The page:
Why won’t you talk to me? Lydia was sitting in the conservatory trying to contact her mentor. She’d been trying for a couple of hours and her patience was wearing thin. I know you can hear me. I can feel you listening. You’re supposed to be my mentor but you clam up every time something happens.
I can’t talk to you! The terse reply finally came. I’m trying to find somewhere to hide from Xantaria.
Please be quiet, Lydia. She sounded stressed. You’re distracting me from listening for her spies. I’ll talk to you once I’m safe, I promise.
Is there anything I can do to help?
Yes, tell my daughter I’m on the run and need to contact the rebellion. I’m sure she’s in communication with them and I know they won’t talk to me directly. They have absolutely no reason to trust me.
I’ll tell her, Lydia said.
Thank you, now leave me alone. She’s near; I need to concentrate. Fellaria broke the contact without even a goodbye.
Lydia didn’t open her eyes immediately. She sat there, chewing on her lip and wondering who to ask about sending an imp. She wasn’t sure she knew how.
A quiet clattering made her open her eyes to see her mother putting down a cup of tea on the table in front of her.
“You look like you need this,” Sonia said.
“I was trying to talk to my mentor,” Lydia said. “She’s on the run from Xantaria. Can you show me how to send an imp?”
“If you want, but I doubt she respond to one if she’s not responding to you calling her telepathically.”
“Oh no! It’s not to send to her. I spoke to her briefly. She wants me to pass a message to Alaryia for her.”
“Ah! Well you won’t need an imp,” Sonia said. “We’re visiting her for dinner this evening. She might be able to help with our prisoner. You know about that?”
Lydia gave a strained laugh. “I could hardly miss that altercation, mum. Only reason I didn’t come running was Dad had asked me to concentrate on contacting Fellaria unless you or him called me and I had a feeling he was right.”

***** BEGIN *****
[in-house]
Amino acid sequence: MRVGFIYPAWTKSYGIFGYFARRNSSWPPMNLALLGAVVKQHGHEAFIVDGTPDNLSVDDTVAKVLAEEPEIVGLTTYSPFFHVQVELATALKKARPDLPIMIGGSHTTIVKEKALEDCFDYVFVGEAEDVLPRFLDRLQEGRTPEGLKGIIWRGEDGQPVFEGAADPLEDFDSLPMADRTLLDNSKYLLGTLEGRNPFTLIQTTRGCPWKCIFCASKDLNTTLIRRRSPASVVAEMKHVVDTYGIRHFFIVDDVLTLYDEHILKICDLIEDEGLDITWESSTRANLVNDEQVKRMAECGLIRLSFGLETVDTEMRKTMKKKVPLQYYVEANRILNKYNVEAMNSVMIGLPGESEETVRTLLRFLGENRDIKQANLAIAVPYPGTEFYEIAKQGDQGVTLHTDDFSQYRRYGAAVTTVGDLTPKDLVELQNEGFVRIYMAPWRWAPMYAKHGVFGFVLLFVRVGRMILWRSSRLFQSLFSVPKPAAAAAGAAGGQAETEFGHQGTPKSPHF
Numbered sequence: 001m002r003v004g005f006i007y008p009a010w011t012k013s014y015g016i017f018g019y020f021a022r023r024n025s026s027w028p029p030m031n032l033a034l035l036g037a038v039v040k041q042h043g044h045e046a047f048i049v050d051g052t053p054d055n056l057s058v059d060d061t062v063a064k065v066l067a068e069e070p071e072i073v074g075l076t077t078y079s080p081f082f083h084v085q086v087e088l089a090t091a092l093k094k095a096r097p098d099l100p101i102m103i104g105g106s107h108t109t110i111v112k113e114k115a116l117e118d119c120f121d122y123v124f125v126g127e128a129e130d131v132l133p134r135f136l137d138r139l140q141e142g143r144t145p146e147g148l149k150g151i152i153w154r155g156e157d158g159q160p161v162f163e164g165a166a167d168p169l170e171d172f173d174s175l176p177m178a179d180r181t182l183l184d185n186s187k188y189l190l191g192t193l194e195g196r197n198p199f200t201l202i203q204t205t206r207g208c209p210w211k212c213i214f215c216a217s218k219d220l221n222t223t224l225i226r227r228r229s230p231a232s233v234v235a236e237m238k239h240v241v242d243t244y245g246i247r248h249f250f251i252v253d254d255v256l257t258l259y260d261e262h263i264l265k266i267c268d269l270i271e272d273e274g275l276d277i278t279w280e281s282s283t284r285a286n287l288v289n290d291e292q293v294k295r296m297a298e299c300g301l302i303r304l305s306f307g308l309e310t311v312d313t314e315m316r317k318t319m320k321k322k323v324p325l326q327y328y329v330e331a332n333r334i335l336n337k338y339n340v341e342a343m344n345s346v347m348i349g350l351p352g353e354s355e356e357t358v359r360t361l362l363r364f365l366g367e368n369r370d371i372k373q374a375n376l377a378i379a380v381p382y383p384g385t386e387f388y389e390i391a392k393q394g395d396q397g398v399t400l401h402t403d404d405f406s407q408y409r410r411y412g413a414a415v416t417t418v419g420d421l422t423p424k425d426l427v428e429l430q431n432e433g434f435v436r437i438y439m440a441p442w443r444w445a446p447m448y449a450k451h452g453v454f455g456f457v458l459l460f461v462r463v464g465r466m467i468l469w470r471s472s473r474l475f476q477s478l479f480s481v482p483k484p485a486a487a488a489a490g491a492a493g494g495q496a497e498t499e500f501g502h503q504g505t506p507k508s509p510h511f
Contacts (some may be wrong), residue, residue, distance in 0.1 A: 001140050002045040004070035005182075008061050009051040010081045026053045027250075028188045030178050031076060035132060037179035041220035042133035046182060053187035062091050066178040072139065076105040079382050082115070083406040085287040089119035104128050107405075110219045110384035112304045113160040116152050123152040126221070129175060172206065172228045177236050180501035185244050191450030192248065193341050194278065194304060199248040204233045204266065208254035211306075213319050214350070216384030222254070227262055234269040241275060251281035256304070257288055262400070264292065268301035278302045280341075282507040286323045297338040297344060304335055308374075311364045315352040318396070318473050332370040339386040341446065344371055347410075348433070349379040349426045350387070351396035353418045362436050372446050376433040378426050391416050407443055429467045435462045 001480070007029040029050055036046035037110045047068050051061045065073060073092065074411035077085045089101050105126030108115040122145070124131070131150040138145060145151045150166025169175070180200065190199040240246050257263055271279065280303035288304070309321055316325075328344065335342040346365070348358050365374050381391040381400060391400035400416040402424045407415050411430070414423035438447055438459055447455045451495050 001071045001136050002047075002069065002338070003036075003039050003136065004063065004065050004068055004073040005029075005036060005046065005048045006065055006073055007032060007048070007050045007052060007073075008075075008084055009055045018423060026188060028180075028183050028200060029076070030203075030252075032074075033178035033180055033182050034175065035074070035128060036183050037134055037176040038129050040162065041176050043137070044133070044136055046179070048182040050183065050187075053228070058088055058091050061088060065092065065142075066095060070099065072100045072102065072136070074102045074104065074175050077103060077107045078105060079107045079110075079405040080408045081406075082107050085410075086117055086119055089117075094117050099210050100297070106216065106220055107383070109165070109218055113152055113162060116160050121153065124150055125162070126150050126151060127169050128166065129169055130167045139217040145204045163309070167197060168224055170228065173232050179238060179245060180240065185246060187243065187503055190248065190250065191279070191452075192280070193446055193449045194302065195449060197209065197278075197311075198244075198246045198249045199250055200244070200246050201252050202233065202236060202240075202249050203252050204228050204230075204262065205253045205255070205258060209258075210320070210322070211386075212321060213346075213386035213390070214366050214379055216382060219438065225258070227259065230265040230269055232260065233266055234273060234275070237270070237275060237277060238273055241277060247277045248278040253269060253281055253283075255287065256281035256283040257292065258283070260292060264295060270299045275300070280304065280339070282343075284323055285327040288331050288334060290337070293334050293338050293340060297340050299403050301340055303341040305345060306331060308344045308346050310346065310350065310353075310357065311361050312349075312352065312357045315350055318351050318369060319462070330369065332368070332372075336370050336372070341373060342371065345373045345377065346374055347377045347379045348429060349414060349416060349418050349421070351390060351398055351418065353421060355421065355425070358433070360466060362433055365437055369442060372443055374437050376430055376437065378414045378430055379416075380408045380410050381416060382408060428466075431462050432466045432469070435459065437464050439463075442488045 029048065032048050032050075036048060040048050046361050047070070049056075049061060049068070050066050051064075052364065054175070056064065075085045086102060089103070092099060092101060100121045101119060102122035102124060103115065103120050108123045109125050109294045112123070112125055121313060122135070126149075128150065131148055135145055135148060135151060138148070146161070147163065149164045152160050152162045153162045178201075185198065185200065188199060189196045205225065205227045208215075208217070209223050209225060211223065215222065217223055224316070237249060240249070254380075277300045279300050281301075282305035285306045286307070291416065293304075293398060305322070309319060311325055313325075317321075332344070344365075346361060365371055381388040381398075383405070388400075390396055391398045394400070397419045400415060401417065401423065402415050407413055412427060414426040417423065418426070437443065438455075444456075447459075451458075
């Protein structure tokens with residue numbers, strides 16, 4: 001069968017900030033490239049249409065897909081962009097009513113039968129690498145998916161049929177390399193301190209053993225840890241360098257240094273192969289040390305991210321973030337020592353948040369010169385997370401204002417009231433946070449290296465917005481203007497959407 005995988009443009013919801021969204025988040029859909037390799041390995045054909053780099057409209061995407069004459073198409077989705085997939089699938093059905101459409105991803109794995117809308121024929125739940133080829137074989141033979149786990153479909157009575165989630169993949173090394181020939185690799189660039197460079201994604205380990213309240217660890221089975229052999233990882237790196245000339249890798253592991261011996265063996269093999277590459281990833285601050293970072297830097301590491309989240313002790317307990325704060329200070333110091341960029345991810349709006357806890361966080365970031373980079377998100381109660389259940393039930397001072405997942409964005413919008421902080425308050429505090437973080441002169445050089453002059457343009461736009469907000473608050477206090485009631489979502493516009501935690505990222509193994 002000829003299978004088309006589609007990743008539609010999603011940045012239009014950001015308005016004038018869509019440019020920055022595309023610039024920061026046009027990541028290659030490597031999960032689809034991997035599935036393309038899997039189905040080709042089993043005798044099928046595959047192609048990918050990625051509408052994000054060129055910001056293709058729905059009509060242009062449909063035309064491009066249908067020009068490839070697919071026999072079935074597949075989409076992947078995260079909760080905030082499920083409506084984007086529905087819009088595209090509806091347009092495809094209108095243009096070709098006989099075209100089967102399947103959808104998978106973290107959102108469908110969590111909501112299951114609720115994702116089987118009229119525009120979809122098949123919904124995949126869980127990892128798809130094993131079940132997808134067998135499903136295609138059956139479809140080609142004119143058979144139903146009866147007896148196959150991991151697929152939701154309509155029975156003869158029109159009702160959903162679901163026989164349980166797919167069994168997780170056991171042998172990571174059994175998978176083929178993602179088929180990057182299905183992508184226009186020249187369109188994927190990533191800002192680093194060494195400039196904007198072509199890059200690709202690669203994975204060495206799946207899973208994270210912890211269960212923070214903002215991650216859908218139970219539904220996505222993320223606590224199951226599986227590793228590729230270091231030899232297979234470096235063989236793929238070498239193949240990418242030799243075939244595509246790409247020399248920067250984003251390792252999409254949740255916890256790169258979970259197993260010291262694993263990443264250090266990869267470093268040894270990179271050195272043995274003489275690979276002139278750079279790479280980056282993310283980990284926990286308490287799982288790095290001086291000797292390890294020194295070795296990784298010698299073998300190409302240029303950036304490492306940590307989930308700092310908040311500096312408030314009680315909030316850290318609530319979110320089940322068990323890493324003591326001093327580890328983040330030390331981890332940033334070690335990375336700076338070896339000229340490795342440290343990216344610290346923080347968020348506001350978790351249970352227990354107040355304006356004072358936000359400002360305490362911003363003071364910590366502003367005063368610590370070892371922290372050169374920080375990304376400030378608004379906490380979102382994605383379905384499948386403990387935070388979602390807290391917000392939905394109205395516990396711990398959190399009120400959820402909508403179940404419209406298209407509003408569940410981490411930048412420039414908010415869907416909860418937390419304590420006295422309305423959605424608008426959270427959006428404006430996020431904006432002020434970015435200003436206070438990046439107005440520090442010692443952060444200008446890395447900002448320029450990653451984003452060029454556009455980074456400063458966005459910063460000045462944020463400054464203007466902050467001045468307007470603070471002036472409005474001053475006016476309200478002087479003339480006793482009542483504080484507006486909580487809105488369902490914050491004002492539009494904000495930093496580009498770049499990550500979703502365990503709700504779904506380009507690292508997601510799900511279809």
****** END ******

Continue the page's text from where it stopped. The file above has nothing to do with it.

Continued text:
“Yes, he probably was,” Sonia agreed. “It sounds like she needs help, though he probably wasn’t thinking of that.”
“So who’s going to this dinner?”
“Your father and I, the four of you, Naria, Lyrrekka and her kids and Yedan – that’s the prisoner’s name. The others are going to keep an eye on the news, see what the government does now they’ve recalled Parliament. But drink your tea. Lyr seems to think we should dress up for this visit since it’s a formal invitation.”
“Um… Mum, I still don’t have most of my clothes here.” Lydia sipped at her tea. “We never picked them up from the house.”
“Yes, and it’s not like we can go shopping,” Sonia said. “I’ve sent Daniel and your father to get them because they’ll be able to conceal themselves. Not that you own anything especially formal anyway. I might have to borrow something from one of the cousins.”
“Nah, I think I have something suitable,” Lydia said. “That long skirt and blouse I wore to the award ceremony last year.”
“It’ll do, I suppose,” Sonia said. “You did look good in it and it’s more you than a formal dress.”
Lydia nodded. “I’d better go and wash my hair while we’re waiting for them to get back with our stuff.”